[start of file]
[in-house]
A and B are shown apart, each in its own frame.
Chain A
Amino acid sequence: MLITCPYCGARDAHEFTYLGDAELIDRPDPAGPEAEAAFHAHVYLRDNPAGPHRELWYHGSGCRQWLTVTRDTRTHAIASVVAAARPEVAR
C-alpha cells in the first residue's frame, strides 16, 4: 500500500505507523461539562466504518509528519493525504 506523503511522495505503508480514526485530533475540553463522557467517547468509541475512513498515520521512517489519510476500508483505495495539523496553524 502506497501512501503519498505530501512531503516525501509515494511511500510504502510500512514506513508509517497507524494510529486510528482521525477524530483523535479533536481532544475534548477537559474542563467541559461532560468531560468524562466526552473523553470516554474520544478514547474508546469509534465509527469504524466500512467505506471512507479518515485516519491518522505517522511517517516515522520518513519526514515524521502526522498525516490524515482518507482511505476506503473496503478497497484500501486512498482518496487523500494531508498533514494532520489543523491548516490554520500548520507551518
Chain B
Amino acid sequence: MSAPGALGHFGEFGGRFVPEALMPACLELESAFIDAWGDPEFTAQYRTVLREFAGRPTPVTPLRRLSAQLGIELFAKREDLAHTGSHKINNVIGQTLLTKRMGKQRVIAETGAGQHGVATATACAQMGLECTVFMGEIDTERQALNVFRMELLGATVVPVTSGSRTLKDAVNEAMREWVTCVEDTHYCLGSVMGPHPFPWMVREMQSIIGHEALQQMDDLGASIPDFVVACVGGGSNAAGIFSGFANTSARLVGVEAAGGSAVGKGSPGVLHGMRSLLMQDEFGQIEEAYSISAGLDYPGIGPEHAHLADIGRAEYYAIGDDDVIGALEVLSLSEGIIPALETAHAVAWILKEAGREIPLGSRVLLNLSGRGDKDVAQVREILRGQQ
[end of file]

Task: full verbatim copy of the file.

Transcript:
[in-house]
A and B are shown apart, each in its own frame.
Chain A
Amino acid sequence: MLITCPYCGARDAHEFTYLGDAELIDRPDPAGPEAEAAFHAHVYLRDNPAGPHRELWYHGSGCRQWLTVTRDTRTHAIASVVAAARPEVAR
C-alpha cells in the first residue's frame, strides 16, 4: 500500500505507523461539562466504518509528519493525504 506523503511522495505503508480514526485530533475540553463522557467517547468509541475512513498515520521512517489519510476500508483505495495539523496553524 502506497501512501503519498505530501512531503516525501509515494511511500510504502510500512514506513508509517497507524494510529486510528482521525477524530483523535479533536481532544475534548477537559474542563467541559461532560468531560468524562466526552473523553470516554474520544478514547474508546469509534465509527469504524466500512467505506471512507479518515485516519491518522505517522511517517516515522520518513519526514515524521502526522498525516490524515482518507482511505476506503473496503478497497484500501486512498482518496487523500494531508498533514494532520489543523491548516490554520500548520507551518
Chain B
Amino acid sequence: MSAPGALGHFGEFGGRFVPEALMPACLELESAFIDAWGDPEFTAQYRTVLREFAGRPTPVTPLRRLSAQLGIELFAKREDLAHTGSHKINNVIGQTLLTKRMGKQRVIAETGAGQHGVATATACAQMGLECTVFMGEIDTERQALNVFRMELLGATVVPVTSGSRTLKDAVNEAMREWVTCVEDTHYCLGSVMGPHPFPWMVREMQSIIGHEALQQMDDLGASIPDFVVACVGGGSNAAGIFSGFANTSARLVGVEAAGGSAVGKGSPGVLHGMRSLLMQDEFGQIEEAYSISAGLDYPGIGPEHAHLADIGRAEYYAIGDDDVIGALEVLSLSEGIIPALETAHAVAWILKEAGREIPLGSRVLLNLSGRGDKDVAQVREILRGQQ